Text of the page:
Last month, I had the pleasure of hosting some wonderful women from the organisation SmartWorks for an evening of learning and networking at Salesforce Tower London. The group may have been incredibly diverse, but they all had one thing in common: a desire not only to “get the job” but to succeed in their ideal careers.
Not long ago, I published my first article on the Salesforce Blog and used the hashtag #DreamJob a number of (perhaps too many) times. My enthusiasm hasn't waned and I can proudly say that I have found what I've been looking for all these years. But finding a role I'm this passionate about certainly wasn't a walk in the park!
For this reason, I've decided to share with you, in a series of articles, my view on the essential steps in identifying, getting and thriving in your very own dream job.
In this first instalment, I'm addressing the most important and most frequently overlooked first step of the process - deciding what you want.
Perhaps it's that it seems so obvious; perhaps it's how challenging it is to determine; perhaps it just seems easier to take what's out there. Whatever the reason, we often skip this step and head straight for the job boards, applying for anything and everything that seems even remotely palatable.
It pains me to think about how much time I've wasted during the application process for jobs I'd never wanted. Worse even, the time I've wasted after getting those jobs and hoping they will either get better, or that I will - as if by magic - morph into the type of person who enjoys them.
All the while listening to friends talk about their new jobs and thinking they sound fun or seeing actors portray professionals on film that got my ambitious heart thumping.
One question I neglected to ask myself was why. Why does that job sound fun? What element of that career has me enthralled? I was pretty sure I didn't actually want to be a CSI but it would take me years to figure out it was the problem-solving that I found so attractive.
With that in mind, whenever I feel it's time to move on and find a new role, I ask myself the following questions:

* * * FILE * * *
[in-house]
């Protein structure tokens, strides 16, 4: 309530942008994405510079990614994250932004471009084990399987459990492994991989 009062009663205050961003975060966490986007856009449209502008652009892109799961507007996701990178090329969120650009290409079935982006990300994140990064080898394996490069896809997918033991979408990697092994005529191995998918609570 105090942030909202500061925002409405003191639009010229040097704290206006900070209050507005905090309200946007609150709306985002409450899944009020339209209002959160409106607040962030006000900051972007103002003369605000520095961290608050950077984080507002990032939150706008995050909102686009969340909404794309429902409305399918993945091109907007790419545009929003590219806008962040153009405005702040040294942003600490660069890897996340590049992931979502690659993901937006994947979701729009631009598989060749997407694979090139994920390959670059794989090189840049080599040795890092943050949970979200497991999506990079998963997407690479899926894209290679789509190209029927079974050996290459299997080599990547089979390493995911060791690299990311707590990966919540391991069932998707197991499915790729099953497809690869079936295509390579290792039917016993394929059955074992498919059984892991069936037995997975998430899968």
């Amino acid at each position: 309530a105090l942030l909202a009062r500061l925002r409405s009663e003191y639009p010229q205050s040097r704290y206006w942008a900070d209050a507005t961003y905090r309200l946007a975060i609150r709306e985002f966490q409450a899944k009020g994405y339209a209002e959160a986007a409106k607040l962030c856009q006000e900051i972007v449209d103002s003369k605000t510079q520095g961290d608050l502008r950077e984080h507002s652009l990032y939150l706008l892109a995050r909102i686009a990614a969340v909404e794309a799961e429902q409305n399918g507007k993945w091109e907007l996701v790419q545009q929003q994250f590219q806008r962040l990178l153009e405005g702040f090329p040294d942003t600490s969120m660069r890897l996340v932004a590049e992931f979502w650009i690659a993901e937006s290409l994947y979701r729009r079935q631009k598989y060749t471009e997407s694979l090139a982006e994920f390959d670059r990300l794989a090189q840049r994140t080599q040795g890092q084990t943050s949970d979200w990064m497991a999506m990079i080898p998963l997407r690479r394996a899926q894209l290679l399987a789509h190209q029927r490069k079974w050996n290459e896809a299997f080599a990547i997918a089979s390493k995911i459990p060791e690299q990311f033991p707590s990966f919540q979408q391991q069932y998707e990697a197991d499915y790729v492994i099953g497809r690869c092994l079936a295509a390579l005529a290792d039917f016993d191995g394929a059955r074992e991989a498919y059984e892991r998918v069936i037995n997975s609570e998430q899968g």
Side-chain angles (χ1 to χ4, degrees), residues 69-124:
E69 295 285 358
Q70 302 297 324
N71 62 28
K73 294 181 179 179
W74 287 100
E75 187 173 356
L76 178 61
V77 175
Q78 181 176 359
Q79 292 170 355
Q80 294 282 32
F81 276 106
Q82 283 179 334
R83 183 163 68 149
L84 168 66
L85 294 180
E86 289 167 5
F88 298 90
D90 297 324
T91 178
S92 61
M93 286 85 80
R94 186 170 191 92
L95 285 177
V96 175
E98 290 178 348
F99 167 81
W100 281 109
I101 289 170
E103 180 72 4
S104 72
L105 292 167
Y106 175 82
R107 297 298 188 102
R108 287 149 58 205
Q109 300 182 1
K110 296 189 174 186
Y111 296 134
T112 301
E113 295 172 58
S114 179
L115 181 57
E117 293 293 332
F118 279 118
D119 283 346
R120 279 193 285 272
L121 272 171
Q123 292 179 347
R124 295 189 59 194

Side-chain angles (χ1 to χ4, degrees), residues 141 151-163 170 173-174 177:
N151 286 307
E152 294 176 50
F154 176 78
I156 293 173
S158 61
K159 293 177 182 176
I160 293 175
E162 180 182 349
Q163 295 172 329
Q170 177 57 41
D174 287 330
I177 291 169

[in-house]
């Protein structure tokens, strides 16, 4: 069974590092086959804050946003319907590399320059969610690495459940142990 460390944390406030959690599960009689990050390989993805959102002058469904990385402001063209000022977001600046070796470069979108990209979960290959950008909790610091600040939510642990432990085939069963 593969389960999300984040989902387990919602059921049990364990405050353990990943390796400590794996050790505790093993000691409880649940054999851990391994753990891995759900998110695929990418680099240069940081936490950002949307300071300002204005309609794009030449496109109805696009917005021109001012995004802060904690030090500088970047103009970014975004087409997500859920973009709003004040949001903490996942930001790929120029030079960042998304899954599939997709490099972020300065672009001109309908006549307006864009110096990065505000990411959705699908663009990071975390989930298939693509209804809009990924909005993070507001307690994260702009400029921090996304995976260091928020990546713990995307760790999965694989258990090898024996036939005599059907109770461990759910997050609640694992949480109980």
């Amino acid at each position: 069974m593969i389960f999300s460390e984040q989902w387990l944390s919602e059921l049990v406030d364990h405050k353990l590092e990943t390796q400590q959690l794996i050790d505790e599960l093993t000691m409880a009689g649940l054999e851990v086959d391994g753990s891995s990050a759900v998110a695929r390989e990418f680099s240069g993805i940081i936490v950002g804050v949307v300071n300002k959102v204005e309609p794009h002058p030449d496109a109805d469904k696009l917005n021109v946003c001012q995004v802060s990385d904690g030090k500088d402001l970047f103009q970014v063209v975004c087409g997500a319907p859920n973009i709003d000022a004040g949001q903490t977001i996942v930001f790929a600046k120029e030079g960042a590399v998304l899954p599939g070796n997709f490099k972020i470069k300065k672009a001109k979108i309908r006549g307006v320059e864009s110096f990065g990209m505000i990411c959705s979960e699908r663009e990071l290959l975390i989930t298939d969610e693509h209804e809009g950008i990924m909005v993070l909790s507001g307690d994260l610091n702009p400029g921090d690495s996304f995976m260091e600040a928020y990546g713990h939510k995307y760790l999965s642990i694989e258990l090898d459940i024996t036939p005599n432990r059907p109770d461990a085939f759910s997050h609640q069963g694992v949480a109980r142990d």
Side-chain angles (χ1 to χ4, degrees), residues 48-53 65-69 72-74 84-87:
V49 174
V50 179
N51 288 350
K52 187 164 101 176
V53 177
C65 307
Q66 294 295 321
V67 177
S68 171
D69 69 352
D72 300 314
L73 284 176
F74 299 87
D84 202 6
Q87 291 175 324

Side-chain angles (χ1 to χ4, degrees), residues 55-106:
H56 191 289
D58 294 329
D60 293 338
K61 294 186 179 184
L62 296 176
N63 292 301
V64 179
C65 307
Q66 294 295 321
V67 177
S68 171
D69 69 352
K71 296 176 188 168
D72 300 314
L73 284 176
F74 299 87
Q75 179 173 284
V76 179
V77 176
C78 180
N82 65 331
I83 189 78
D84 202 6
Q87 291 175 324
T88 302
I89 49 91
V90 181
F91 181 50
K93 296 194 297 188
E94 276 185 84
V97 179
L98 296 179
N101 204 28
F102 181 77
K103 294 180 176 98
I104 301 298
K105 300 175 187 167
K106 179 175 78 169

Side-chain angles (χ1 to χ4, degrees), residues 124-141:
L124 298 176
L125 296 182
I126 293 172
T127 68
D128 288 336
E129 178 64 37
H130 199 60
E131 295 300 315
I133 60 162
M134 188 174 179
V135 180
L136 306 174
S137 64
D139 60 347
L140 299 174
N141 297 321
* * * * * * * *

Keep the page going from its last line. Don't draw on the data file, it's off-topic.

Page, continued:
1. What did I love about my last job?
There will always be things you like about a given job and understanding the ones that work for you is just as important as those that don't.
2. What do I choose to do in my spare time?
For many years, I worked in industries other than technology. Having focused my studies elsewhere, I had convinced myself I would never get hired by a tech company. Every weekend I would devour an issue of Scientific American or Wired...
3. If I could invent a job for myself, what would it be?
Entrepreneurialism is more prevalent than ever before and many find that their dream job is only theirs to create. I try to take an approach that forces me to rule this out rather than simply discounting it.
Give yourself just one hour. One hour to think through who you are, who you want to be, what you excel at, what you enjoy. THEN start looking.
There are plenty of excellent resources out there to help you frame this introspection, but my favourites are Kathy Caprino's overview for Forbes, which really puts it in perspective, and Manifest Your Potential's mythbusting article bursting with tips and tricks such as mad-lib style exercises.
If quizzes are more your thing, The Muse aggregates a good selection.
Your #DreamJob is out there but you'll only find it if you start looking in the right place. If you'd like to find out about open opportunites at Salesforce, visit our careers page and maybe you could join the #SalesforceOhana.